• Stakeholders may be able to co-finance or arrange financing through existing funding streams. Alternatively, EU, national government or private investment may be available to cover the costs of implementation (see Step 1.4).
  • Costs and Benefits. Ideally a full cost-benefit analysis (CBA) should be carried out. However, given the uncertainty and long-time scales of adaptation, traditional CBA is not always possible or applicable.
  • Environmental considerations. Options should be appraised for their impact on the environment, including their contribution to improving or worsening GHG emissions, water quality, soil quality and biodiversity. The Environmental Impact Assessment (EIA) Directive (Directive 2014/52/EU) provides a framework for undertaking such an assessment.

Adaptation to climate change is a cross-cutting issue, which, if  implemented uncoordinated within separate sectors and policy areas, can lead to negative mutual trade-offs, cancel each other out, or miss the opportunities to use potential synergies. In order to improve the coordination and increase the efficiency of adaptation planning and maximise the cross-sectoral synergies, a wide range of institutional and civil stakeholders should ideally be involved in the assessment of adaptation options, as well as subsequent prioritisation (see Step 4.3).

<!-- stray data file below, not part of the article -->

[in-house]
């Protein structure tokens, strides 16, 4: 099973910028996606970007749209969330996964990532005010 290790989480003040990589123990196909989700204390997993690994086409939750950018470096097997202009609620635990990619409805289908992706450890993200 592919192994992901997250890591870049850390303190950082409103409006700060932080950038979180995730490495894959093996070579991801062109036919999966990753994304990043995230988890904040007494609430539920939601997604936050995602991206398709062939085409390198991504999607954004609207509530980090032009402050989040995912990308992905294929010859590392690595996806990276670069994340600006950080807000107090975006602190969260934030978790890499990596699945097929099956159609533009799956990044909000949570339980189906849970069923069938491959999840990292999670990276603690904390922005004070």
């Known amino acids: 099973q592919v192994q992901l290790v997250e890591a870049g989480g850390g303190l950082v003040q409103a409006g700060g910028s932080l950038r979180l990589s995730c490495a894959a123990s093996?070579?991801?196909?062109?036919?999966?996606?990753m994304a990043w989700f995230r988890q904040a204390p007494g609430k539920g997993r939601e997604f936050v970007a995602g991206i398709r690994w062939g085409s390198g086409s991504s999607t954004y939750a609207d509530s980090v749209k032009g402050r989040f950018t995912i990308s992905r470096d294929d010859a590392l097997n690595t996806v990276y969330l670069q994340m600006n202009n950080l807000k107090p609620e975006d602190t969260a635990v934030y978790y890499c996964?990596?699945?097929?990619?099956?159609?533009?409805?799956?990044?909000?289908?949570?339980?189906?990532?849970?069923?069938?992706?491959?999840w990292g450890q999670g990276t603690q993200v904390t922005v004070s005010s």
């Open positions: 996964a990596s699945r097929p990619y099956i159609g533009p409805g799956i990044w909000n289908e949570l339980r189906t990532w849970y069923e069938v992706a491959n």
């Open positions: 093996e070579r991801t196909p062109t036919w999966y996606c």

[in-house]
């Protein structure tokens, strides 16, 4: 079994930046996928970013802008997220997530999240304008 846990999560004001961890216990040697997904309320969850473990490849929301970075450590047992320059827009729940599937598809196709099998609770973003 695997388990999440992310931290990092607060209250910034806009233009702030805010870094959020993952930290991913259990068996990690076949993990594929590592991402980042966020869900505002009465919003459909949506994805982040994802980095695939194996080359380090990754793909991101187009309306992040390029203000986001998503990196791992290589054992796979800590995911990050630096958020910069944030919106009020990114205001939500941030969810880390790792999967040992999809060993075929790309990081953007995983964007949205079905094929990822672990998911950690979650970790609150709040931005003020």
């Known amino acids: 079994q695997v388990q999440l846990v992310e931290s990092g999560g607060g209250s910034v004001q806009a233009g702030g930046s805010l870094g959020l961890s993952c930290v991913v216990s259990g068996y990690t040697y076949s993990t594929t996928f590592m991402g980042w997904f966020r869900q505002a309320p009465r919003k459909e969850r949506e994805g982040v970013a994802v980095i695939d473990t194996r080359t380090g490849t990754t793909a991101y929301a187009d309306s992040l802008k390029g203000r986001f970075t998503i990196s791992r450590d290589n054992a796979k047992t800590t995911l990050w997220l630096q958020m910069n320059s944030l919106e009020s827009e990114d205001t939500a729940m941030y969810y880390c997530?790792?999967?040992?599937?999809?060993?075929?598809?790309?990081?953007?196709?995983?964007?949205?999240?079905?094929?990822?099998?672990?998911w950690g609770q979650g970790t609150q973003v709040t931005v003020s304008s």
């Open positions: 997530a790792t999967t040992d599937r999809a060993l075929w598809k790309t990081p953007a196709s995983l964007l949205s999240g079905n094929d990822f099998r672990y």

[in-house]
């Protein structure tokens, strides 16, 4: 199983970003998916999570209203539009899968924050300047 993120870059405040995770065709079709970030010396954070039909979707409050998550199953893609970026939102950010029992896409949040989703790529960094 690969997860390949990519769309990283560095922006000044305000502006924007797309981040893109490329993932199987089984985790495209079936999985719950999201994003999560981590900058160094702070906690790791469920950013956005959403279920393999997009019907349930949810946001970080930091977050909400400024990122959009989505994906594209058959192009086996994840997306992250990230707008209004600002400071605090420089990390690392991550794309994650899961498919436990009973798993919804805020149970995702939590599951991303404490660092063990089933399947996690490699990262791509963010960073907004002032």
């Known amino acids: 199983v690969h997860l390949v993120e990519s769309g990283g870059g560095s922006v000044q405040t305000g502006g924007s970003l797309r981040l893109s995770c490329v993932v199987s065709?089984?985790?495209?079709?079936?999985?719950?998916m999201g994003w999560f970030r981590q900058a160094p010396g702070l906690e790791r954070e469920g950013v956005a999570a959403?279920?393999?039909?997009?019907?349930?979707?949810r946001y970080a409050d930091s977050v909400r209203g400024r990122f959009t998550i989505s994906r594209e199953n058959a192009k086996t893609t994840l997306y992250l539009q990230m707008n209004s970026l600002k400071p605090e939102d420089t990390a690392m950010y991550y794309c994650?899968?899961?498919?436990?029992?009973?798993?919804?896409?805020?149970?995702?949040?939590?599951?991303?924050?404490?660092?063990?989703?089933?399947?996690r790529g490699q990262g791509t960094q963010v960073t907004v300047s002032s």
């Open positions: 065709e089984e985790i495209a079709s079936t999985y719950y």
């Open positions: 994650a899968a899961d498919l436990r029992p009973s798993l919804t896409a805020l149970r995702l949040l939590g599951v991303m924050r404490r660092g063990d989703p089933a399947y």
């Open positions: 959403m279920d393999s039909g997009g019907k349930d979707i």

The results of the assessment can be described in concise option factsheets that do not contain too much technical detail, but rather give a quick overview easily understood by non-experts. These fact-sheets can be very useful later for the prioritisation exercise (see Step 4.3). Information within the factsheets should be provided at least on the following points:

  • Adaptation option description
  • Which climate change impact(s) does the option address
  • The potential to reduce vulnerability to the identified climate change impact(s), effectiveness, flexibility to be upgraded or downgraded if necessary
  • Spatial scope, visual mapping
  • Information if stakeholder participation is needed or recommended
  • Success and limiting factors (based on own experience or other cases)
  • Costs (implementing and operational) and economic benefits expressed in monetary terms
  • Social and environmental co-benefits or disbenefits, necessary remedial action
  • Financial resources required, investment timing and sources of funding
  • Time frame for planning and implementation until fully functional, operating lifetime
  • Responsibility for implementation and maintenance within the municipality departments or other institutions
  • Interlinkages with other proposed adaptation options, interchangeability, combinability
  • Reference information